The weather out here is kicking us in the teeth and unless you’re a masochist or a polar bear, the frigid temperatures and massive snowfall aren’t thrilling to you, either.
That said, it gives us a good opportunity to consider what freelancer Jenna Glatzer once noted: If you open the aperture of your mind, anything can become a story. Sure, the standard weather stories are always part of news coverage, regardless of your media platform or geographic region. As a newspaper reporter, I think weather stories accounted for about one-third of my entire writing portfolio. How cold was it? How many accidents were there? How much snow fell? When was the last time it got this bad?
Sure, that can be exceedingly boring, but a wider aperture can bring in a few more stories of interest. Consider these ideas and see if you can come up with a few of your own:
SUPPLY RUNS: Grocery stores and gas stations become Ground Zero for panicked people who apparently decided to wait until the first flakes fell before figuring out that stocking the fridge might be a good idea. A narrative look at this real-life “Hunger Games” would be cool if you could spend some time at a store shortly before the snow hit.
If you can’t get ahead of the storm, a follow-up story on what tended to disappear fastest or what people tended to stock up on would be kind of cool to see. I have no idea why people grab things they wouldn’t normally grab when it looks like we’re stuck under a blanket of white for a while. Amy used to grab milk and bread, even though we lacked anything to put ON the bread and both of us are lactose intolerant.
When I went to the store today, I stocked up on comfort food: soup, mac ‘n’ cheese cups, Ramen, Hot Pockets, Diet Coke and snacks. The guy in front of me in line appeared to have a different approach to weathering the weather:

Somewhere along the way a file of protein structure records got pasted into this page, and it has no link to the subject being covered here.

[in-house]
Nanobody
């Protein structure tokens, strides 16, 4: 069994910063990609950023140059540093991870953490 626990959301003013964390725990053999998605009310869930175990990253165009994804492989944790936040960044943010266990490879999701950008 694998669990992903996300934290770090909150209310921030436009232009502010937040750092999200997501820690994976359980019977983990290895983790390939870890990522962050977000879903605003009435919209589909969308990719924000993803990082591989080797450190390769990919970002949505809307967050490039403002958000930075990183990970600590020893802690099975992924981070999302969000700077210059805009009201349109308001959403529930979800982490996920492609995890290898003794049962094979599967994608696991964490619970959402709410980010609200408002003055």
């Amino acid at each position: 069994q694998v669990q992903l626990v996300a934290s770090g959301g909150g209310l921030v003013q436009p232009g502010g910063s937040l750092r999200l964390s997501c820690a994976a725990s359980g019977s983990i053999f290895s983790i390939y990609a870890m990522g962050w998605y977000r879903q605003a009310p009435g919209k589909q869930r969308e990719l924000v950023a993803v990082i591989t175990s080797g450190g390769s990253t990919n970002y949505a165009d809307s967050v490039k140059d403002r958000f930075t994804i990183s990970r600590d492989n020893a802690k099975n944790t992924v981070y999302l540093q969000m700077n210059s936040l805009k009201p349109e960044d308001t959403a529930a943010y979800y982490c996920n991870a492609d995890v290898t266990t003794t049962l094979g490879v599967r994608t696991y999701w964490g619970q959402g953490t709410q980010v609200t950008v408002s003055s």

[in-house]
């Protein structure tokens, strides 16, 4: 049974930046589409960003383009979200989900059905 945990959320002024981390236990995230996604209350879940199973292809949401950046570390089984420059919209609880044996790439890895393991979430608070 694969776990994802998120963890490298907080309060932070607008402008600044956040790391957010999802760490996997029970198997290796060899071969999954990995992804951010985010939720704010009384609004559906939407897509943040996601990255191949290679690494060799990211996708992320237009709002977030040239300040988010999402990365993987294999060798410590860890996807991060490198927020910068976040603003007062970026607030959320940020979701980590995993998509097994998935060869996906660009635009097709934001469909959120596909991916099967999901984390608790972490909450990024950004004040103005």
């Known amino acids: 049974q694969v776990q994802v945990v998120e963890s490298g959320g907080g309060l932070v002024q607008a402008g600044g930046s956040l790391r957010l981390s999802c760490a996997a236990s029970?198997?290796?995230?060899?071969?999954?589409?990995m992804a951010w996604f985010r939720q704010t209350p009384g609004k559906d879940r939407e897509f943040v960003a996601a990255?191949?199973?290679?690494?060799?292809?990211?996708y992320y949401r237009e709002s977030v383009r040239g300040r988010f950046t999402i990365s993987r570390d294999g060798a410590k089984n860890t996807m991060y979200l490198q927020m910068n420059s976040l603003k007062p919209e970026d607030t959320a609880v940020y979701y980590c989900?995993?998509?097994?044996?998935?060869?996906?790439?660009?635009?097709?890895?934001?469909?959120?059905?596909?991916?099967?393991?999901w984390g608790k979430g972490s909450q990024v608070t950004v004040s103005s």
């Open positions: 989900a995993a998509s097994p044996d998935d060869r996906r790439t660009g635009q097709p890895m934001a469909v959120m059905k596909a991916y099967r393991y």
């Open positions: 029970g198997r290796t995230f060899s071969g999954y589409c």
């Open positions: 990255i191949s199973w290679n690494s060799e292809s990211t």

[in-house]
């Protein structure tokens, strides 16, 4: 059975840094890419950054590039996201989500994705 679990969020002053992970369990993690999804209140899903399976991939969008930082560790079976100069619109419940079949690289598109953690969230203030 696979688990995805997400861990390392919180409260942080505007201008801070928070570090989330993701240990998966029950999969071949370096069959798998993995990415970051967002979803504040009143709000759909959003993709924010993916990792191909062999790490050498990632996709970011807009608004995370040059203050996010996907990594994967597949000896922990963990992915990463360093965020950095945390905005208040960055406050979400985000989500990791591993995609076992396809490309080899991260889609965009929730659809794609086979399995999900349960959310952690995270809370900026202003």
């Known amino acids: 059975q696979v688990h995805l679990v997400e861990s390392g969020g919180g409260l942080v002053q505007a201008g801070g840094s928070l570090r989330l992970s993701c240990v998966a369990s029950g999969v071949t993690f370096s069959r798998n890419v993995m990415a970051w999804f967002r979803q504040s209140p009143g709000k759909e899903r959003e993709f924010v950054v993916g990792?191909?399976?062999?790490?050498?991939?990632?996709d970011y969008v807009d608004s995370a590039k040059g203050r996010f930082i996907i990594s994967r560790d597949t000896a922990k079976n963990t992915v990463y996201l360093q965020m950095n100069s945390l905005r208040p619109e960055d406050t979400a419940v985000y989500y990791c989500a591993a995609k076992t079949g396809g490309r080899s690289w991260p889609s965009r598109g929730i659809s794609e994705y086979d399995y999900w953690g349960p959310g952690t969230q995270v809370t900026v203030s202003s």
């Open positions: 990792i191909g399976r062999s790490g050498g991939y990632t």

Seeing this guy unload his cart reminded me of a story a friend of mine once told about riding out a freak blizzard in Alabama one year on nothing but Twinkies and beer for about four days. If you are reading this and thinking, “There is no way that is true,” all I can say is you just have to meet Steve and it will all make sense.
BOOMING BUSINESSES: Speaking of people who need stuff, aside from the grocery store (and apparently the beer industry), which companies make money hand over fist in this kind of situation? Snow removal services are likely kept busy, but so are tow trucks and home-improvement stores where people can get shovels, salt, snowblowers, propane heaters and more.
A ride-along with a tow truck driver could be an amazing time if all goes right, or simply talking to service clerks about the two people who got into a brawl over the last Toro Snow Thrower could give you some neat anecdotes.
FRISKY BUSINESS: When Amy worked on the OB floor of a hospital, the nurses always joked about “snow babies.” When a blizzard hit and forced everyone off the roads and to shelter in place, the nurses would look nine months ahead on the calendar and immediately put in for their vacation, as they expected the delivery rooms to be overflowing with expectant mothers.
This could be an old wives’ tale or it could be a case of, “Well, honey, the cable is out…” but medical folks swear a surge of newborns come into play nine months after major snowstorms. It might be worth a look at this in your area to see if the hospitals are looking forward to a bumper crop of kids around October.
SCHOOL RULES: Does your school have an actual set of rules pertaining to when they cancel classes due to weather-related concerns? One weird question I have for UWO is that we always get emails saying that all the events are canceled on campus, but that “campus will remain open.” Why? Is this a way to force people on staff to use vacation if they want to stay home? Is it something regarding higher education rules pertaining to the campus needing to be open a certain number of days? Is it to keep the food services open for the kids in the res halls?
Also, what are the liability issues for the university in terms of bringing people to campus for work? Or for students, faculty and staff who might fall on snow-covered parking lots or slippery sidewalks? Something tells me most schools have some sort of legal coverage on this, or else half the students I know would be purposefully face planting around campus in hopes of getting out of paying tuition.
Hope these ideas help and that you get to stay safe and warm!
Vince (a.k.a. The Doctor of Paper)